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Camera lens broke whilst in 'care' of shop, but they blame customer.?
Friend recently got a camera lens from a shop I used to work at (UK). Within it's year warranty, the lens locked and stopped working. In early December she took the lens in for them to send it off to Sigma to get fixed. Now, working at this company in the past, I know how the systems are for returns. We used to have to fill out a form explaining what the problem is that needs fixing, and if there's any marks on it (that way, the customer can't say it's been broken in our care.) On her form, it didn't have anything about the condition it was in when it should have.
She called the shop after it had been with them for 2 weeks, they told her that they hadn't sent it off yet, as it's before Christmas and "it won't be looked at until after Christmas anyway." I told her that they should have sent it asap regardless if no-one will be in Japan's repair centre.
She called mid-Jan for an update, and they told her that they cannot fix the lens under warranty because there's a dent. She said there is no way that happened in her care and must have happened when they had it in those weeks before Christmas. They refuse to take responsibility and said she will have to pay for any repairs they do.
And in the weeks it took to send the lens off, I truly believe it happened in their care. Is there a way she can complain to maybe Trading Standards to get the shop to pay for the repair as she can vouch 100% there was no dent when she handed it in, just the problem with the lens locking.
- Anonymous2 months ago
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- Anonymous2 months ago
If she bought it using a credit card and it wasn't fit for purpose, then she has a chance of getting her money back from their scheme. But she will have to prove that it was faulty now that nearly a year has gone by. See the info in the link about claims and warranties. Could you let us know what brand of lens it was so that we don't make the same mistake of buying it?
- SumiLv 72 months ago
I don't know English law, so it's difficult for me to provide any meaningful answers. I can so, however, that I ran into a similar problem here in the USA. I had a video card fail. I got an RMA and sent it into EVGA for warranty repair/replacement. I eventually got an email from EVGA's service dept. stating that they would honor their warranty because one of the accessory plugs was bent. They provided photos showing an ever so slight bent in the card. I informed them that this port had never been used and, more importantly, the failure of the card had nothing to do with the condition of the connection in the first place. I made the argument that denying the warranty for the bent connection would be like a car a dealer denying a warranty repair of an engine because of a cracked tail light. The tech responded by still refusing to honor the warranty.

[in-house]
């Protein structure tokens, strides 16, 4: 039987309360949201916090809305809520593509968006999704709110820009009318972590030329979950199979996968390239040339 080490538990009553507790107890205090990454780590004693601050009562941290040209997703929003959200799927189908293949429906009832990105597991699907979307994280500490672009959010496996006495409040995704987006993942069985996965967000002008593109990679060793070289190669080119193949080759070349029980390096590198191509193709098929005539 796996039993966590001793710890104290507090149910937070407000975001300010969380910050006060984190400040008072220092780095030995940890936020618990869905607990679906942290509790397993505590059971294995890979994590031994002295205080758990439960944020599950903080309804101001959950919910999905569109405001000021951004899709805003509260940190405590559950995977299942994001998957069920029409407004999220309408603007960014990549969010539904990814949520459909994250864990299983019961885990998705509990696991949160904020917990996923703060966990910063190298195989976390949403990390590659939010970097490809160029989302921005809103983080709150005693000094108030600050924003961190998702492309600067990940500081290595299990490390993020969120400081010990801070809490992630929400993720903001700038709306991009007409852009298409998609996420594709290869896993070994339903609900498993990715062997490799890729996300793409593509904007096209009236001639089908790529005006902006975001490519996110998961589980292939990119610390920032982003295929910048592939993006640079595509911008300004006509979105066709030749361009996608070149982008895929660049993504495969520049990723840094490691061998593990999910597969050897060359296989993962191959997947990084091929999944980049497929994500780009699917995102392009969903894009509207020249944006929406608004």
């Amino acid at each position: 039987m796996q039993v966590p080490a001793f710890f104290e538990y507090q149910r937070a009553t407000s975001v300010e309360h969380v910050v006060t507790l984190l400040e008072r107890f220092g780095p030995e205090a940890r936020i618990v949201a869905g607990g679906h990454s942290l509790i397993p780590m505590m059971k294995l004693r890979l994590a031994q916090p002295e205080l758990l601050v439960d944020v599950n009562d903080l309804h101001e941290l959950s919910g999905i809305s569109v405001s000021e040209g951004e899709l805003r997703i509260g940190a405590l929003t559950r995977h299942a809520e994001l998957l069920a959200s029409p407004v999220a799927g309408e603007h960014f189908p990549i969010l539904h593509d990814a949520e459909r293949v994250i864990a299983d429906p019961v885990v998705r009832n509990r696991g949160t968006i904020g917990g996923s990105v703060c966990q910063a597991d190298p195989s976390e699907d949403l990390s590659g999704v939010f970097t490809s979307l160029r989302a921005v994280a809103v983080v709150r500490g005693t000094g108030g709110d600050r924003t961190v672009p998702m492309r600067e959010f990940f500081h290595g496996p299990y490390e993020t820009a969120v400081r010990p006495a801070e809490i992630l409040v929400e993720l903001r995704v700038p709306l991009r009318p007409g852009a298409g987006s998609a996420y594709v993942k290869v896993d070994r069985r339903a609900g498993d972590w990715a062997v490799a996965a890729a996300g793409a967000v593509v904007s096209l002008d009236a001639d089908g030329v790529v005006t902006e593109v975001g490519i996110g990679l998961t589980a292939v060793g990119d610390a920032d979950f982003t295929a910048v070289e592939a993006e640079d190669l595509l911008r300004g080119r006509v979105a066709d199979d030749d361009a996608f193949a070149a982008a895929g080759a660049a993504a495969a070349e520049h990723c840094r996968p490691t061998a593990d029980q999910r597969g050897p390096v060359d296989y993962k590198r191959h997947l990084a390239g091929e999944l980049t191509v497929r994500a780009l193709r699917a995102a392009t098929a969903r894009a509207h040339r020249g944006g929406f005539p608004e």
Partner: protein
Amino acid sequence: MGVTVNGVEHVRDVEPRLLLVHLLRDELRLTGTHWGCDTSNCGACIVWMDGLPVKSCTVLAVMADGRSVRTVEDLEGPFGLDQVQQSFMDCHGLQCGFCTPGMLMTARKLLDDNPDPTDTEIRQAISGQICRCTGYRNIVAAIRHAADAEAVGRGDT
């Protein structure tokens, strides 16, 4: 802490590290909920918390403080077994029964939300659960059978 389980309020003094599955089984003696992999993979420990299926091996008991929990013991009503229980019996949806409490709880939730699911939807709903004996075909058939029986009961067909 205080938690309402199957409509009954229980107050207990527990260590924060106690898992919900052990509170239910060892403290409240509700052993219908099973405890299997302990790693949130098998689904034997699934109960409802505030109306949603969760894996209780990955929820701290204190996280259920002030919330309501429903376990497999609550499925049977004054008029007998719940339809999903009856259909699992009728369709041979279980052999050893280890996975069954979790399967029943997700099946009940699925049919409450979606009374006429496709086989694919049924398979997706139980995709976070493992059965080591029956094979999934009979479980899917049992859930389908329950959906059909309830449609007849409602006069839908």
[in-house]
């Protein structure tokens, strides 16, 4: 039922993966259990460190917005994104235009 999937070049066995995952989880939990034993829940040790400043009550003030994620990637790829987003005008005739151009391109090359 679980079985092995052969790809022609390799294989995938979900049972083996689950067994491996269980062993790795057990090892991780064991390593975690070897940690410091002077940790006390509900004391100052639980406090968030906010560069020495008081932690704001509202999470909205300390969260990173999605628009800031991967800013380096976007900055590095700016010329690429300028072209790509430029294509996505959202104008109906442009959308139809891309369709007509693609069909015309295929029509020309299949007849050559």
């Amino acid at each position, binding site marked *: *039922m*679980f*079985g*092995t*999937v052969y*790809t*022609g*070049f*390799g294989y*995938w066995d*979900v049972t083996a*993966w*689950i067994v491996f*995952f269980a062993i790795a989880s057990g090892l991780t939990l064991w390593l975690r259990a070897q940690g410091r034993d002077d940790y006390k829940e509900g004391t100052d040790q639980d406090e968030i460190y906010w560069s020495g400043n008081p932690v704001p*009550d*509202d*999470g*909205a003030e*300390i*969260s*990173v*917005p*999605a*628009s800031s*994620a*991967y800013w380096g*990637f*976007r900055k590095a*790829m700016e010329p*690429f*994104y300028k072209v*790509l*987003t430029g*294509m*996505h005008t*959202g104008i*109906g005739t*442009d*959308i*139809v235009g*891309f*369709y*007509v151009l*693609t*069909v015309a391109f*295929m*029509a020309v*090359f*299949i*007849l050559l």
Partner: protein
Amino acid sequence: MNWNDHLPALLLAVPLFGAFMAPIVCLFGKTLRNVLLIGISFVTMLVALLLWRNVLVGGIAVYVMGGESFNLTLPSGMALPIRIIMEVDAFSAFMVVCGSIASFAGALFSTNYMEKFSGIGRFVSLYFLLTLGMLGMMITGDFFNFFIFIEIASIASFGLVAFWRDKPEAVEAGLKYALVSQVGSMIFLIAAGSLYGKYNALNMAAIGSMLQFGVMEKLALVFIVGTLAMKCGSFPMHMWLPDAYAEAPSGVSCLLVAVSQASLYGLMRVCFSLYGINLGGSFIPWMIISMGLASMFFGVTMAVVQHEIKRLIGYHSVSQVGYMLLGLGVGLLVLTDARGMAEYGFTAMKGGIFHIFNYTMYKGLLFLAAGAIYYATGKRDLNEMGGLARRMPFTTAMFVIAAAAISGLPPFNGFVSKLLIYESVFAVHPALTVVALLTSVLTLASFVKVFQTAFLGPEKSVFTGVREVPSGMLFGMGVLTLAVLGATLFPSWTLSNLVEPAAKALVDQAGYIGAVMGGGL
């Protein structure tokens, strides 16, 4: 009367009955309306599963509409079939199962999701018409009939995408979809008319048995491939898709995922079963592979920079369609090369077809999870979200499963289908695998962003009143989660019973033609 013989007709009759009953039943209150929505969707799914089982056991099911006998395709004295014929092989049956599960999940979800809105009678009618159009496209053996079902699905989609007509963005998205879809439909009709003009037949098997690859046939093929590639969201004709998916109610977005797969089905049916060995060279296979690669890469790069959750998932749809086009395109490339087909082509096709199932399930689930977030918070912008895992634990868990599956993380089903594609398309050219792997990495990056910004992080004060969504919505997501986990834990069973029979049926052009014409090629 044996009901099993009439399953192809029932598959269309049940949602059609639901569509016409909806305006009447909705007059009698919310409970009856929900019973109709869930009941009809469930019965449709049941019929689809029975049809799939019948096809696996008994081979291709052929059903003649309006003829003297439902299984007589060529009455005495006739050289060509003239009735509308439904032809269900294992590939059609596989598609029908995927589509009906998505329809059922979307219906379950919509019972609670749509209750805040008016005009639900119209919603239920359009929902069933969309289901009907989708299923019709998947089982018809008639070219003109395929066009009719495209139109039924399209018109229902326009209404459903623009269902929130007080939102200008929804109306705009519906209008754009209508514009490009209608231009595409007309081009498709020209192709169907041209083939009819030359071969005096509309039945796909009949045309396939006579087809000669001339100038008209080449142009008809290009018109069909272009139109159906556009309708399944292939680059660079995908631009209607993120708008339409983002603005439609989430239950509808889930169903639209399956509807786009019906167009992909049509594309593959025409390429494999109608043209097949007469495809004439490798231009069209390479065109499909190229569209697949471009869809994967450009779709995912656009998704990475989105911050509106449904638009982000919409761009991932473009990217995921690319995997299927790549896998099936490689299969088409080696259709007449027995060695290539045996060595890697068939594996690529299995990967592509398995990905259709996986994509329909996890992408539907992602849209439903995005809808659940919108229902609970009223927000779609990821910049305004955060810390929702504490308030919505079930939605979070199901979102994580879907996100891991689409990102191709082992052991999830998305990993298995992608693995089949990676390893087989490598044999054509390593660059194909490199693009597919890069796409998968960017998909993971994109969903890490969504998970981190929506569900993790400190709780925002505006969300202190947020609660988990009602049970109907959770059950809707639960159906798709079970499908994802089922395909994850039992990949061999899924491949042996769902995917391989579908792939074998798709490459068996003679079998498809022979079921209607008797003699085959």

I then went online to find out about the warranty laws in my country and my stated, too (Federal laws & State laws are often different here in the US). I discovered my rights and then sent a more sternly-written letter advising that I have sought legal advice on this matter, which of course I did by doing my own research. This got a more favorable response and in a few days I had my replacement card. And no, I will never buy another video card from EVGA again.
The business who has the lens cannot prove who damaged the lens. You have the upper hand in this because no damage was written on the repair form. In the US, this means that the customer has the upper hand and that the business must take responsibility. You need to find out what your local laws say in these matters. Be firm and don't back down. Do all your correspondence in writing to have a paper trail and proof as to who said what to whom. If you talk to them over the phone, immediately send an email memorializing the conversation where you basically state that this is what I said and this is what you said. Their failure to respond means that they accept and agree with your summary within the email. After you do your research and know the law is on your side (and believe me, they'll know it too) send them a calm letter advising them that you've sought legal advice (Which is not a lie. You never said you hired a lawyer).
In the meantime, you might want to start posting things online which may help your cause. Just whatever you do, always be truthful and accurate with what you post.
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- RobsteriarkLv 72 months ago
It’s largely her word against theirs.
She could try a small claims court action if she could prove the cosmetic condition of the lens when she handed it it, but I doubt that she took photos of it at that stage.
If she could get the store’s own repair docket which shows that they failed to record the condition then the onus falls on the store to prove it was not damaged when received. The store is under a Duty of Care to their customers: so it is unreasonable if they cannot produce that docket to show that the “pre-existing” damage was already present. But if the store simply “corrected” the docket before producing it she would have no proof of that alteration.
If she tries a small claims court action and loses then all she forfeits is the registration charge.
If the lens was expensive it’s probably still worth a try, but she should get legal advice first: most car insurance, building insurance, home contents insurance, breakdown recovery, and trade union memberships include some free legal advice.